UN FLIC (1972)

Un flic Alain Delon

Yesterday we looked at Melville’s Bob le flambeur – a film that saw the French crime maverick developing the style and motifs he’d eventually refine in his classic gangster cycle. Today we’re jumping forward in time to his final film, Un flic (A Cop), which was released in 1972 – one year before the filmmaker’s premature death. Here Melville seems to be fetishizing and embellishing the trademark touches he developed late in his career: meticulous heist sequences, minimal dialogue, long glares, homoerotic undertones. All these elements are presented to an almost absurd degree. The result is a visually fascinating caper that frustratingly lacks the emotionally engaging sacrificial gut punches of his classics.

Melville favorite Alain Delon plays a brooding cop (or, flic) for once, rather than a brooding gangster. Edourd Coleman is a demoralized homicide investigator on the trail of four criminals who held up a bank (one teller died in the process, hence the homicide boys). One of the crooks happens to be his friend Simon (Richard Crenna), a criminal mastermind who fronts as a nightclub owner. The film jumps back and forth, comparing Coleman’s life and that of the crooks.

In the middle is Cathy (Catherine Deneuve), a woman shared between Simon and Coleman. I’d say “stuck in the middle,” but she seems to enjoy the attention from these suave s.o.b.s. Again, Melville wasn’t particularly interested in writing women with depth, so Cathy is essentially a set-piece, a wedge to come between Coleman and Simon.

When Simon isn’t sipping champagne in his club (the cleverly named “Simon’s”), he’s executing heists with painstaking precision. Their first caper opens the film. They hold over a bank, which in the hands of any other filmmaker may take a few minutes. This is Melville we’re talking about here, so the heist unravels over the course of about 15 minutes. Three men enter the bank, one at a time, while the driver idles in the car. The men pretend to fill out deposit slips while the other customers trickle out. They put on surgical masks, pull up their collars, and pull their pieces out. As always, Melville is able to wring suspense out of small gestures, patient camera movements, and silence.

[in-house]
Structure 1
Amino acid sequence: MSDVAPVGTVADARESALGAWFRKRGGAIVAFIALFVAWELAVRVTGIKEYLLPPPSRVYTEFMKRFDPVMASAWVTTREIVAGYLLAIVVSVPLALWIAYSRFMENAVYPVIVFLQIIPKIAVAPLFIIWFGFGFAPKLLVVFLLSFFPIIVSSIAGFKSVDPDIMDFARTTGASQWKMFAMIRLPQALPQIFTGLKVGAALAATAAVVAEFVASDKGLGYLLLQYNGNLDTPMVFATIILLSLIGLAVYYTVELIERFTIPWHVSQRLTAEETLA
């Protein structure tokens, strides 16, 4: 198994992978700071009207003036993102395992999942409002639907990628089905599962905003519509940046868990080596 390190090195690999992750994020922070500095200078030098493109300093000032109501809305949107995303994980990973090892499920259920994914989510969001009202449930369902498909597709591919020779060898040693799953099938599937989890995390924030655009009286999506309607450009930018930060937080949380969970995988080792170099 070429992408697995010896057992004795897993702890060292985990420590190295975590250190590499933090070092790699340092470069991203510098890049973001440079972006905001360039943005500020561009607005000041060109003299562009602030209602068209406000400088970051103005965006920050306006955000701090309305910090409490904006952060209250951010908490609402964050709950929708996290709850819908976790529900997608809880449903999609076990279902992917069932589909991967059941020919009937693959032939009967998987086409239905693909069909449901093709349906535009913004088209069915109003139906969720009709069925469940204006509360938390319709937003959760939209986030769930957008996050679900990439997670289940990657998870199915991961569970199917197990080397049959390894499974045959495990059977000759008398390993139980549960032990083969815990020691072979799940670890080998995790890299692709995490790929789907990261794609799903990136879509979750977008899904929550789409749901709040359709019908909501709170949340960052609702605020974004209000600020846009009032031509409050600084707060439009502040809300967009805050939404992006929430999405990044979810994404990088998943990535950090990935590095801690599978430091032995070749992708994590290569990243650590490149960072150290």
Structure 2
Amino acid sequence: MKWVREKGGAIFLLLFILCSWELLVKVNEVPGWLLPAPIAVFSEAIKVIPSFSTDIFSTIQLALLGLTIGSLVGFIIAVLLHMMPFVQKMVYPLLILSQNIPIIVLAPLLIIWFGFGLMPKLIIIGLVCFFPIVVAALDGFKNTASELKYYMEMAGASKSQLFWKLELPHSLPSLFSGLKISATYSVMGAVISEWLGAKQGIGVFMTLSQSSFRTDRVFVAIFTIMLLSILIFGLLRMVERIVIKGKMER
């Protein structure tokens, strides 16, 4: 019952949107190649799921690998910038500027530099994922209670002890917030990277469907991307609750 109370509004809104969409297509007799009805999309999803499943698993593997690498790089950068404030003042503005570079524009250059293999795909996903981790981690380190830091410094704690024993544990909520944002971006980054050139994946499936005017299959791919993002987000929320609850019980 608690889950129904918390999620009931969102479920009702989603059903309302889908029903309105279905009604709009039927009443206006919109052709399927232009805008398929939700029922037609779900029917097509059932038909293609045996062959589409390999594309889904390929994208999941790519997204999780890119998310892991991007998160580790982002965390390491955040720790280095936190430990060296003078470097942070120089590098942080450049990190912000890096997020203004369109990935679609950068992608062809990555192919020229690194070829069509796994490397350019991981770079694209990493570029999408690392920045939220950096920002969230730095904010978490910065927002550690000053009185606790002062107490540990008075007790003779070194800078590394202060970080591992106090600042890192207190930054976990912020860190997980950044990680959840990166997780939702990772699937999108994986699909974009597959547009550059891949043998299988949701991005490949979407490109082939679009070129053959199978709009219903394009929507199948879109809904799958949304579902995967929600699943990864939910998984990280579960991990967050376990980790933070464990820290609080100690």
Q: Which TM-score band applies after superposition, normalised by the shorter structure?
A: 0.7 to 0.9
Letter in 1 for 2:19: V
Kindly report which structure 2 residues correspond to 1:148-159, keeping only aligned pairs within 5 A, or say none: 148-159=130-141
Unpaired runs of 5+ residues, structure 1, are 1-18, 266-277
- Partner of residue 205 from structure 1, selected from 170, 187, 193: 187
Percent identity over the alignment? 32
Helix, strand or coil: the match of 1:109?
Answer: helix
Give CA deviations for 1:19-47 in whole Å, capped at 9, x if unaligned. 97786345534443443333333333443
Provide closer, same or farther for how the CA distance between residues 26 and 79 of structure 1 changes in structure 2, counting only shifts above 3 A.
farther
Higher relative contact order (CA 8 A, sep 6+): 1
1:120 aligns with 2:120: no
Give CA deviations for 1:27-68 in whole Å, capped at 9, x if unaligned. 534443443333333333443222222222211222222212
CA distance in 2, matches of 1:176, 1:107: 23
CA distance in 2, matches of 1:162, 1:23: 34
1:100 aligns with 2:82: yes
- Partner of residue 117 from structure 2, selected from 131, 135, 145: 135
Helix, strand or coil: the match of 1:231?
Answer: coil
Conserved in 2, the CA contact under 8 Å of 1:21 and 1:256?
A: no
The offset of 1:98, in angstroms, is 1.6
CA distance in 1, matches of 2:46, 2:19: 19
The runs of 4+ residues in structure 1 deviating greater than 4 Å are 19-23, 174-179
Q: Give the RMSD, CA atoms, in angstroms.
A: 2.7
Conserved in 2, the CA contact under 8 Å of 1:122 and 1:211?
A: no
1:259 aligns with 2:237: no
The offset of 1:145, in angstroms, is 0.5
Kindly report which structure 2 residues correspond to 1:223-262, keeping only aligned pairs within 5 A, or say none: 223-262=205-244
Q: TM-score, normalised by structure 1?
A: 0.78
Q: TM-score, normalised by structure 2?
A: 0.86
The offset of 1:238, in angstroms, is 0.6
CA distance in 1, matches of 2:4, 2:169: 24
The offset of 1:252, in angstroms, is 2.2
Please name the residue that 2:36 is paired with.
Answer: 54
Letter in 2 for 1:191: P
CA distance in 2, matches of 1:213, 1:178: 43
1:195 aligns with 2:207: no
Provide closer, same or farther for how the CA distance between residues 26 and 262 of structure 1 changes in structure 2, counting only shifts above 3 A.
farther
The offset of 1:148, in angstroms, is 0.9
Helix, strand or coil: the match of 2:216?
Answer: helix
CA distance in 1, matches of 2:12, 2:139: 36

The second heist started to wear on my nerves a little bit though. Here Simon is robbing two briefcases full of drugs from a moving train. They go in by helicopter, Simon descends from a pulley, crawls his way to a compartment entrance, and changes into a robe in the bathroom. This scene takes nearly 20 minutes. He washes up in the bathroom for about 10 of those 20. Slicks his hair, washes his face – does everything but shaves and brushes his teeth. It delves into the absurd side. The way he unlocks a train compartment is pretty cool though, and it’s a technique I’ve not seen in a film yet. The length and meticulousness of the piece wore my patience though, I’m sorry to say. 20 minutes? 10 of washing up? C’mon, man.

As Coleman, Delon barely blinks through the entire film. Those mournful blue eyes of Delon, goddamn. Coleman’s masculinity is put to task several times in the film. His confidential informant is a transvestite who he seems to have a thing for. But when he/she feeds him what he believes is false information, he slaps he/she around and tells he/she to “Dress like a man.” Earlier, Coleman stares into the eyes of a dead hooker, who looks remarkably like the transvestite and Cathy. The homophilic relationship between Coleman and Simon never particularly feels romantic or sexual, but like most masculine relationships in Melville’s films, it’s a fine line.

I wouldn’t call Melville’s swansong a disappointing film. Un flic flexes many of the director’s strengths, including patient camerawork and cool, minimalist dialogue. Delon is as elegaic and captivating as ever. And Simon’s an interesting bloke to watch as he schemes the next caper. Overall there’s an emotional void in the film that prevents it from reaching the heights of his classics Le Doulos, Le Samourai, and Le Cercle Rouge. Melville died of a heart attack, at the age of 55, after Un flic was released. Total bummer. To say that Melville pretty much invented the French gangster film would be an understatement.

Patrick Cooper

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